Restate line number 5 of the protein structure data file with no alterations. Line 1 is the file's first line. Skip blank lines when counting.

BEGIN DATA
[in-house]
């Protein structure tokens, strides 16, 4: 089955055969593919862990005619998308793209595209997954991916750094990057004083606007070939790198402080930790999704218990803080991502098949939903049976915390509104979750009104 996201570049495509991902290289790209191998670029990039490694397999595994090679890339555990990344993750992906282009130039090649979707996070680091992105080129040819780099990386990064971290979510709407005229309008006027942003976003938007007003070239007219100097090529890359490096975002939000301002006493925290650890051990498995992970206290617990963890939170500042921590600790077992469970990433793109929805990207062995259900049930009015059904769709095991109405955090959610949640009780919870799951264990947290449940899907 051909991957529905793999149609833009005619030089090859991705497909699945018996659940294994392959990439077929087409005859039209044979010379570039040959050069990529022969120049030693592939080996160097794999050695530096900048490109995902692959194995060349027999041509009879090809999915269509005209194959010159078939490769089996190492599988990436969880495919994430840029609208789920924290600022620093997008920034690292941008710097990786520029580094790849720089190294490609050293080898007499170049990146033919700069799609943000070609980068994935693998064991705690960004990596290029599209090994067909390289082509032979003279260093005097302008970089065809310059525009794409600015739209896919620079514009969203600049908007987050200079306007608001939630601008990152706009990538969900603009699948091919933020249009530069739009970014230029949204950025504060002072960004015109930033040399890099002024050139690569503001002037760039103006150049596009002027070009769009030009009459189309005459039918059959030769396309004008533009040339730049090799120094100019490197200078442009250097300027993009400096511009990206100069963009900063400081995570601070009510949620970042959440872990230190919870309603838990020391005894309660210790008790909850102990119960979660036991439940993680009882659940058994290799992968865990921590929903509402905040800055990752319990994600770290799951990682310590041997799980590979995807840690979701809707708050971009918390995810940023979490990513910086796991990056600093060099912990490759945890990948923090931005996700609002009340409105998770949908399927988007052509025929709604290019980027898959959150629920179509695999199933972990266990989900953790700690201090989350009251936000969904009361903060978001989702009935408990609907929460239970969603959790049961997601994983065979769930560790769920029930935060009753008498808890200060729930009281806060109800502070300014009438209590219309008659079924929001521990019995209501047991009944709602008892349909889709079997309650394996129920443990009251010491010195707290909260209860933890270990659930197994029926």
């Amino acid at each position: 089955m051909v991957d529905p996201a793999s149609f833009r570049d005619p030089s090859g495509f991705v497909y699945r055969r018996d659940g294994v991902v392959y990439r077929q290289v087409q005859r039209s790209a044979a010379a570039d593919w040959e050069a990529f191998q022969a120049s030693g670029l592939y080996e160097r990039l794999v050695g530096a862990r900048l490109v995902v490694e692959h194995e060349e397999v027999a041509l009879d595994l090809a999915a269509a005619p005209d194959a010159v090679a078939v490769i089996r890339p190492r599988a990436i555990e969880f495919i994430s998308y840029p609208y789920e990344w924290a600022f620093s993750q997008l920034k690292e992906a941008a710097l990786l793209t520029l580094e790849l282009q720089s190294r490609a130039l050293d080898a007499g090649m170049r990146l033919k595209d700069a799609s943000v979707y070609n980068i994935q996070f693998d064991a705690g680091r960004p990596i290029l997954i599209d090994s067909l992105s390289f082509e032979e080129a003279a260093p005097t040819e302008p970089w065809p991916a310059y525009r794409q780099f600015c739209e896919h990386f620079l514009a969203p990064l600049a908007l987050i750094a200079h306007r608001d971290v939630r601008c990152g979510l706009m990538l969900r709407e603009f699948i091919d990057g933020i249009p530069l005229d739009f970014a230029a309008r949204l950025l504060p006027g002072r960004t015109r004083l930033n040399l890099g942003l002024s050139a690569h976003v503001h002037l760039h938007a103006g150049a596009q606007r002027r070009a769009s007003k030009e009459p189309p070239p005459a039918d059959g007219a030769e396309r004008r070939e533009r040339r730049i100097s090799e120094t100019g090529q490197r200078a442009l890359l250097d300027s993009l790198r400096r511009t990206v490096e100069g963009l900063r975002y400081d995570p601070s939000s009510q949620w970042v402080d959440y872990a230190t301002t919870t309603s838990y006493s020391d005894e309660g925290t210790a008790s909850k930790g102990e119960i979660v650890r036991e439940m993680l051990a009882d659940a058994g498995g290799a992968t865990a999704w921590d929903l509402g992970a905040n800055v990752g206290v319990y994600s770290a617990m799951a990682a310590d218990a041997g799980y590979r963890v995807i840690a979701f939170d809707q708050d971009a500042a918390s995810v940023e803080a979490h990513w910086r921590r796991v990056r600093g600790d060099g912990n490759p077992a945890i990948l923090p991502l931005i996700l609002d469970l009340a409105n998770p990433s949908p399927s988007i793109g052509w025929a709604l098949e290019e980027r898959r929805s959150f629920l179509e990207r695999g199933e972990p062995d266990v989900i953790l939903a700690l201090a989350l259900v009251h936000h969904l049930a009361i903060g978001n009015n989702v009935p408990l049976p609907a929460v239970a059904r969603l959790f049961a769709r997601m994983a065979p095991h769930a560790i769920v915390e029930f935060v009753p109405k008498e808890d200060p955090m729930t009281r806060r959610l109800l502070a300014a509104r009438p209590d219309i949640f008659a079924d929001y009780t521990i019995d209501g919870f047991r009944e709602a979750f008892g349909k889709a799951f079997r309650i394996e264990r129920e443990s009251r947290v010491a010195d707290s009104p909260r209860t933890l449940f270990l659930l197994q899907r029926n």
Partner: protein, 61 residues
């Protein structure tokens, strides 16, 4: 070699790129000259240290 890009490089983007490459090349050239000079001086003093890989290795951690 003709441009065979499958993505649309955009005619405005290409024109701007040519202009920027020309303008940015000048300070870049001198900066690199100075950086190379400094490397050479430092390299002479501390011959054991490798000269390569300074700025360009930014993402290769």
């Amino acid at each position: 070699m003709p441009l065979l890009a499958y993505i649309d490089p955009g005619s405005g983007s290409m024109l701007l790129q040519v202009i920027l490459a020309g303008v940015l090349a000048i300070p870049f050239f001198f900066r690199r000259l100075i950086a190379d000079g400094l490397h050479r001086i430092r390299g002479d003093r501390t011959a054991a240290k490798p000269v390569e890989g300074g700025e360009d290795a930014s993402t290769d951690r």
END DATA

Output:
């Protein structure tokens, strides 16, 4: 070699790129000259240290 890009490089983007490459090349050239000079001086003093890989290795951690 003709441009065979499958993505649309955009005619405005290409024109701007040519202009920027020309303008940015000048300070870049001198900066690199100075950086190379400094490397050479430092390299002479501390011959054991490798000269390569300074700025360009930014993402290769």